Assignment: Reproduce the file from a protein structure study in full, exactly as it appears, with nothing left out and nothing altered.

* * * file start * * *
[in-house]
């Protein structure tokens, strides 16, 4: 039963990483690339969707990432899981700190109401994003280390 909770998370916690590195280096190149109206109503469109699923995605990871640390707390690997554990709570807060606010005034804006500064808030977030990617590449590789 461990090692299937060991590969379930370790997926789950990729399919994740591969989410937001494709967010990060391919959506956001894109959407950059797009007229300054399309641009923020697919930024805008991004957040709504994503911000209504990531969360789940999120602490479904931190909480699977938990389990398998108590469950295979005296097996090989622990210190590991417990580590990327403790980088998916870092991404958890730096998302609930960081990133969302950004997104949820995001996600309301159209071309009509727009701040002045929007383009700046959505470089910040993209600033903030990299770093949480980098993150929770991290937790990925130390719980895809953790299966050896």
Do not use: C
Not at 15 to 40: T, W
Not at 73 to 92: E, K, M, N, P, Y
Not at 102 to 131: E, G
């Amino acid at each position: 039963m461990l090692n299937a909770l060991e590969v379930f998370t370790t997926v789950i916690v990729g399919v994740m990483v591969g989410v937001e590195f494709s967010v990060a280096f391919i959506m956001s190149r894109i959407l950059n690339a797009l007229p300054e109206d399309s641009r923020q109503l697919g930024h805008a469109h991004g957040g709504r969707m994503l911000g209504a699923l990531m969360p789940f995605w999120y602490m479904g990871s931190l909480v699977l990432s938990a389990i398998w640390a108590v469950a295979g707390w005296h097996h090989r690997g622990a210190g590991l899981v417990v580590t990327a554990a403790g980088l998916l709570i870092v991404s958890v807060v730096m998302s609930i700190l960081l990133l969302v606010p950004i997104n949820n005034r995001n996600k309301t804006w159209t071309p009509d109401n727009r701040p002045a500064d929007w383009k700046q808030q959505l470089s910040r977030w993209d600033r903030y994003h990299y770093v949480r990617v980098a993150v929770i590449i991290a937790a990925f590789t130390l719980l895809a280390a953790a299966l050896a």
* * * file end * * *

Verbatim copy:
[in-house]
């Protein structure tokens, strides 16, 4: 039963990483690339969707990432899981700190109401994003280390 909770998370916690590195280096190149109206109503469109699923995605990871640390707390690997554990709570807060606010005034804006500064808030977030990617590449590789 461990090692299937060991590969379930370790997926789950990729399919994740591969989410937001494709967010990060391919959506956001894109959407950059797009007229300054399309641009923020697919930024805008991004957040709504994503911000209504990531969360789940999120602490479904931190909480699977938990389990398998108590469950295979005296097996090989622990210190590991417990580590990327403790980088998916870092991404958890730096998302609930960081990133969302950004997104949820995001996600309301159209071309009509727009701040002045929007383009700046959505470089910040993209600033903030990299770093949480980098993150929770991290937790990925130390719980895809953790299966050896």
Do not use: C
Not at 15 to 40: T, W
Not at 73 to 92: E, K, M, N, P, Y
Not at 102 to 131: E, G
């Amino acid at each position: 039963m461990l090692n299937a909770l060991e590969v379930f998370t370790t997926v789950i916690v990729g399919v994740m990483v591969g989410v937001e590195f494709s967010v990060a280096f391919i959506m956001s190149r894109i959407l950059n690339a797009l007229p300054e109206d399309s641009r923020q109503l697919g930024h805008a469109h991004g957040g709504r969707m994503l911000g209504a699923l990531m969360p789940f995605w999120y602490m479904g990871s931190l909480v699977l990432s938990a389990i398998w640390a108590v469950a295979g707390w005296h097996h090989r690997g622990a210190g590991l899981v417990v580590t990327a554990a403790g980088l998916l709570i870092v991404s958890v807060v730096m998302s609930i700190l960081l990133l969302v606010p950004i997104n949820n005034r995001n996600k309301t804006w159209t071309p009509d109401n727009r701040p002045a500064d929007w383009k700046q808030q959505l470089s910040r977030w993209d600033r903030y994003h990299y770093v949480r990617v980098a993150v929770i590449i991290a937790a990925f590789t130390l719980l895809a280390a953790a299966l050896a």